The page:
So the old days before digital radio when you were tuning in your radio and you heard "crrcckkk" on the station you wanted to hear, that was the noise. But more generally, this noise is something that corrupts the signal.
So for example, if you put your hand under a table and try to localize it with your other hand, you can be off by several centimeters due to the noise in sensory feedback.
Similarly, when you put motor output on movement output, it's extremely noisy. Forget about trying to hit the bull's eye in darts, just aim for the same spot over and over again. You have a huge spread due to movement variability. And more than that, the outside world, or task, is both ambiguous and variable. The teapot could be full, it could be empty. It changes over time. So we work in a whole sensory movement task soup of noise.
Now this noise is so great that society places a huge premium on those of us who can reduce the consequences of noise.
So if you're lucky enough to be able to knock a small white ball into a hole several hundred yards away using a long metal stick, our society will be willing to reward you with hundreds of millions of dollars. Now what I want to convince you of is the brain also goes through a lot of effort to reduce the negative consequences of this sort of noise and variability. And to do that, I'm going to tell you about a framework which is very popular in statistics and machine learning of the last 50 years called Bayesian decision theory.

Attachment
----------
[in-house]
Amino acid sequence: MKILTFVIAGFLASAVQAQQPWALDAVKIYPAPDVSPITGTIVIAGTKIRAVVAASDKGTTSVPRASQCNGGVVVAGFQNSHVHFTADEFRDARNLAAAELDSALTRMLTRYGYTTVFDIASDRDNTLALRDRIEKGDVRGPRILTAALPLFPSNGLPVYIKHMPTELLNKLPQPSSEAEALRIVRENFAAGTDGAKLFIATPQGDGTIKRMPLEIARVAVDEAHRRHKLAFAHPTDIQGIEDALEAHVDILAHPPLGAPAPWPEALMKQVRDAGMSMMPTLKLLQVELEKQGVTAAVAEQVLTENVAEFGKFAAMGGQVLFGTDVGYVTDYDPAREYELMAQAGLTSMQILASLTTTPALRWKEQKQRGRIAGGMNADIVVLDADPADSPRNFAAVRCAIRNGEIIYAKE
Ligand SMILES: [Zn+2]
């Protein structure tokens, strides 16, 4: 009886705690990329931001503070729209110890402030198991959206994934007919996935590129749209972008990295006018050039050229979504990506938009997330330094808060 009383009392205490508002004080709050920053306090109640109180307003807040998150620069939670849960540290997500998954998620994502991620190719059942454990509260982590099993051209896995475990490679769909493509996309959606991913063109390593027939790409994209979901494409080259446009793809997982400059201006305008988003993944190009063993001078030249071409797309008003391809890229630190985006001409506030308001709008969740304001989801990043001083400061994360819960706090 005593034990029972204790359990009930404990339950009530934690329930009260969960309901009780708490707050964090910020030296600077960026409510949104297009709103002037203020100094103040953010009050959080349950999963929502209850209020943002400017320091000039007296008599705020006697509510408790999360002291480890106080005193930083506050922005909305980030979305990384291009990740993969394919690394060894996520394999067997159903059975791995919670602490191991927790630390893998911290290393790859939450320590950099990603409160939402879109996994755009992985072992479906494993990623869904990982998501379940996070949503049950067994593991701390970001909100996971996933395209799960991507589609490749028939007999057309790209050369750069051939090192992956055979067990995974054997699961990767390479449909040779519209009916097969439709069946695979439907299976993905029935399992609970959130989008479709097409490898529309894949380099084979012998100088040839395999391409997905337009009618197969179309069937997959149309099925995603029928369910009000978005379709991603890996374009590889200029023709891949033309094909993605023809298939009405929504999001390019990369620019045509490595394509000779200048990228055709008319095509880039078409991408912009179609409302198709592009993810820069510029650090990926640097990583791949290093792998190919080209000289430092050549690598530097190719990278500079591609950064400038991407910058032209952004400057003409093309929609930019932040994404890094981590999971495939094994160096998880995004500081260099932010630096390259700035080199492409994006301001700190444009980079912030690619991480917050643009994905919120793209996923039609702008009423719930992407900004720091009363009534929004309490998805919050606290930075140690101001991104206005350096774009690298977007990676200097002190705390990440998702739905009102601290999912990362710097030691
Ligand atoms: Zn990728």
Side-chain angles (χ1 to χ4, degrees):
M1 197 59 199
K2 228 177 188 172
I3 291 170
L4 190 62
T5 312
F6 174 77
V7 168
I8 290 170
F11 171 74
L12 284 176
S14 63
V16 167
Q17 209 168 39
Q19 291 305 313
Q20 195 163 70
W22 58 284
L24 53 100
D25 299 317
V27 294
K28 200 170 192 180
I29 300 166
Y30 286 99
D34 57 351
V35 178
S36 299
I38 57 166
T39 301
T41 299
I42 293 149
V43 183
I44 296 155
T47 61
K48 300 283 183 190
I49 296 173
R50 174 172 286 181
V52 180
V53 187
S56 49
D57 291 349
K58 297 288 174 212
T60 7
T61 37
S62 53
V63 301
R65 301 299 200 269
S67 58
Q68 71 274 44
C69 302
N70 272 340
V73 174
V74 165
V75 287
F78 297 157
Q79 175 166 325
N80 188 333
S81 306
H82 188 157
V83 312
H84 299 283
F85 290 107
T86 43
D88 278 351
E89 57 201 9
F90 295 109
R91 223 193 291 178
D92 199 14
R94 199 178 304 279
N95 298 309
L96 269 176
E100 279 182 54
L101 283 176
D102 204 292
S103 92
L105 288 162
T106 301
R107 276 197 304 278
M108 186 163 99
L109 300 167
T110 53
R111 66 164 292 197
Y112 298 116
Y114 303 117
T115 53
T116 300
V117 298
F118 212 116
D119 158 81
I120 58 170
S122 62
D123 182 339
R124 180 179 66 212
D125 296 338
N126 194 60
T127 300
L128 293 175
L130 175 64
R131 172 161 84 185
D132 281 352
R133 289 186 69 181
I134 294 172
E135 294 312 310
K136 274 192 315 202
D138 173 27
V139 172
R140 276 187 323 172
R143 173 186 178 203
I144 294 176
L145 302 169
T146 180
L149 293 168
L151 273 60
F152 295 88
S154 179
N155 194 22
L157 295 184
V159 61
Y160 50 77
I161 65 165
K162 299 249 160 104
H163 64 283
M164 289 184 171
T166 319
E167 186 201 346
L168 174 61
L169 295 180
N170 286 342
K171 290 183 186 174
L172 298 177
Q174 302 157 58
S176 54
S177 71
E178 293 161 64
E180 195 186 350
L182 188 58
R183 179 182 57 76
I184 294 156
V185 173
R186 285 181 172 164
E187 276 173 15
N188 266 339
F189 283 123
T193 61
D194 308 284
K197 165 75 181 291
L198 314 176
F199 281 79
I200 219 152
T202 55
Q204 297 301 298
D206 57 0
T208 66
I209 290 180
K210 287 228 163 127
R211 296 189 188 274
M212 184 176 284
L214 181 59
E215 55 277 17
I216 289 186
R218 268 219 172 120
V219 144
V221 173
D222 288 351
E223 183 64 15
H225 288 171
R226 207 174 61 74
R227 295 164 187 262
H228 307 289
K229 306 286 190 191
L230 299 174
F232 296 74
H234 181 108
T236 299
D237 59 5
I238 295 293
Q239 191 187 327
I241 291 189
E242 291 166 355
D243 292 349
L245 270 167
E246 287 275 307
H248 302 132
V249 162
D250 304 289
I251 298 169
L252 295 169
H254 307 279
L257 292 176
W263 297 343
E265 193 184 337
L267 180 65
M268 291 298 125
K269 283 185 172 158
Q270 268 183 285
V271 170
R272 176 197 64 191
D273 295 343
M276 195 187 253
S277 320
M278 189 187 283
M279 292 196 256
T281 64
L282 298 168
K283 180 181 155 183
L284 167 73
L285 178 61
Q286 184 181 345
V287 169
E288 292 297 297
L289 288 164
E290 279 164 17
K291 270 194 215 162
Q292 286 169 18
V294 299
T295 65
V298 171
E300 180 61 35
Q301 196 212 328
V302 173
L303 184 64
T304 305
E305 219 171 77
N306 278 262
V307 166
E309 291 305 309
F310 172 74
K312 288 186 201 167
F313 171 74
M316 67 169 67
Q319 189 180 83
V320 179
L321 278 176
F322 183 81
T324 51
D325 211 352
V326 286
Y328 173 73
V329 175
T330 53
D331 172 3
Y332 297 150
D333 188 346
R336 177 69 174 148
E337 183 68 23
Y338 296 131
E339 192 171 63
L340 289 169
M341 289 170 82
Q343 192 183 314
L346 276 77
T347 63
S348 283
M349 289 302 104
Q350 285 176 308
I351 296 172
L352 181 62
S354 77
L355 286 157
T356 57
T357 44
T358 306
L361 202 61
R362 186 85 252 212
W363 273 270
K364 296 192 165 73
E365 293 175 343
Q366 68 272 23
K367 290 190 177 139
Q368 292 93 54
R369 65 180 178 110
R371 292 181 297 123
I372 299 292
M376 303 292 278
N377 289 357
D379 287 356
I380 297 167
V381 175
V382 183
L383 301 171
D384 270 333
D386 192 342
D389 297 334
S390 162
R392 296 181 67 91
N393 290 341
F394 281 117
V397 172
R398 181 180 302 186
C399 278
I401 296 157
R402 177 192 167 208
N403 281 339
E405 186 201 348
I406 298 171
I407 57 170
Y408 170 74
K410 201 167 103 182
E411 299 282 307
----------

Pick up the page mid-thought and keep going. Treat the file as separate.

And it's more recently a unifying way to think about how the brain deals with uncertainty. And the fundamental idea is you want to make inferences and then take actions.
The real reason for brains
So let's think about the inference. You want to generate beliefs about the world. So what are beliefs? Beliefs could be: where are my arms in space? Am I looking at a cat or a fox? But we're going to represent beliefs with probabilities. So we're going to represent a belief with a number between zero and one — zero meaning I don't believe it at all, one means I'm absolutely certain. And numbers in between give you the gray levels of uncertainty.
And the key idea to Bayesian inference is you have two sources of information from which to make your inference. You have data, and data in neuroscience is sensory input. So I have sensory input, which I can take in to make beliefs.
But there's another source of information, and that's effectively prior knowledge. You accumulate knowledge throughout your life in memories. And the point about Bayesian decision theory is it gives you the mathematics of the optimal way to combine your prior knowledge with your sensory evidence to generate new beliefs.
And I've put the formula up there. I'm not going to explain what that formula is, but it's very beautiful. And it has real beauty and real explanatory power.
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And what it really says, and what you want to estimate, is the probability of different beliefs given your sensory input. So let me give you an intuitive example. Imagine you're learning to play tennis and you want to decide where the ball is going to bounce as it comes over the net towards you.